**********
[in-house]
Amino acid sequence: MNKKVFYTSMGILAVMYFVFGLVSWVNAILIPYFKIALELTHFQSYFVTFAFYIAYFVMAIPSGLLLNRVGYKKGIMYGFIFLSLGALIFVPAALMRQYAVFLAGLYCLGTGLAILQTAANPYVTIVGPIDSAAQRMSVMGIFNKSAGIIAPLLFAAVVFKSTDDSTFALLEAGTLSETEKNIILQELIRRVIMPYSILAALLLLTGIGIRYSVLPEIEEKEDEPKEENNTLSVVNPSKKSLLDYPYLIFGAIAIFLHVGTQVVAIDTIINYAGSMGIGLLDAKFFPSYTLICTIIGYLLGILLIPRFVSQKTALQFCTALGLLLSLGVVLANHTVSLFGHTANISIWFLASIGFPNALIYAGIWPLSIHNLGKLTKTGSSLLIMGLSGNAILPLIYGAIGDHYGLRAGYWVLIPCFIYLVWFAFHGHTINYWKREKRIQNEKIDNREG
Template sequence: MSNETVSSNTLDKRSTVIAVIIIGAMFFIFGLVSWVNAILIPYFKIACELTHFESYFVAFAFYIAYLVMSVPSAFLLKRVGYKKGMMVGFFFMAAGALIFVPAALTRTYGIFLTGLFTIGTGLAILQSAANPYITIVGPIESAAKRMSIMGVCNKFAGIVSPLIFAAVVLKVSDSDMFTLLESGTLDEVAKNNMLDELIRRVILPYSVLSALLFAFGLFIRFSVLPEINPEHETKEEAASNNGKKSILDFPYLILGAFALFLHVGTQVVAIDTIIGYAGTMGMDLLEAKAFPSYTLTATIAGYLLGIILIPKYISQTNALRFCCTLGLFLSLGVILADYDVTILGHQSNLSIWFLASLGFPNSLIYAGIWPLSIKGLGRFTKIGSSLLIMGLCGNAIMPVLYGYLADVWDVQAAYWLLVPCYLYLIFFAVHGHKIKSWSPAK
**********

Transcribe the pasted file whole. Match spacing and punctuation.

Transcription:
[in-house]
Amino acid sequence: MNKKVFYTSMGILAVMYFVFGLVSWVNAILIPYFKIALELTHFQSYFVTFAFYIAYFVMAIPSGLLLNRVGYKKGIMYGFIFLSLGALIFVPAALMRQYAVFLAGLYCLGTGLAILQTAANPYVTIVGPIDSAAQRMSVMGIFNKSAGIIAPLLFAAVVFKSTDDSTFALLEAGTLSETEKNIILQELIRRVIMPYSILAALLLLTGIGIRYSVLPEIEEKEDEPKEENNTLSVVNPSKKSLLDYPYLIFGAIAIFLHVGTQVVAIDTIINYAGSMGIGLLDAKFFPSYTLICTIIGYLLGILLIPRFVSQKTALQFCTALGLLLSLGVVLANHTVSLFGHTANISIWFLASIGFPNALIYAGIWPLSIHNLGKLTKTGSSLLIMGLSGNAILPLIYGAIGDHYGLRAGYWVLIPCFIYLVWFAFHGHTINYWKREKRIQNEKIDNREG
Template sequence: MSNETVSSNTLDKRSTVIAVIIIGAMFFIFGLVSWVNAILIPYFKIACELTHFESYFVAFAFYIAYLVMSVPSAFLLKRVGYKKGMMVGFFFMAAGALIFVPAALTRTYGIFLTGLFTIGTGLAILQSAANPYITIVGPIESAAKRMSIMGVCNKFAGIVSPLIFAAVVLKVSDSDMFTLLESGTLDEVAKNNMLDELIRRVILPYSVLSALLFAFGLFIRFSVLPEINPEHETKEEAASNNGKKSILDFPYLILGAFALFLHVGTQVVAIDTIIGYAGTMGMDLLEAKAFPSYTLTATIAGYLLGIILIPKYISQTNALRFCCTLGLFLSLGVILADYDVTILGHQSNLSIWFLASLGFPNSLIYAGIWPLSIKGLGRFTKIGSSLLIMGLCGNAIMPVLYGYLADVWDVQAAYWLLVPCYLYLIFFAVHGHKIKSWSPAK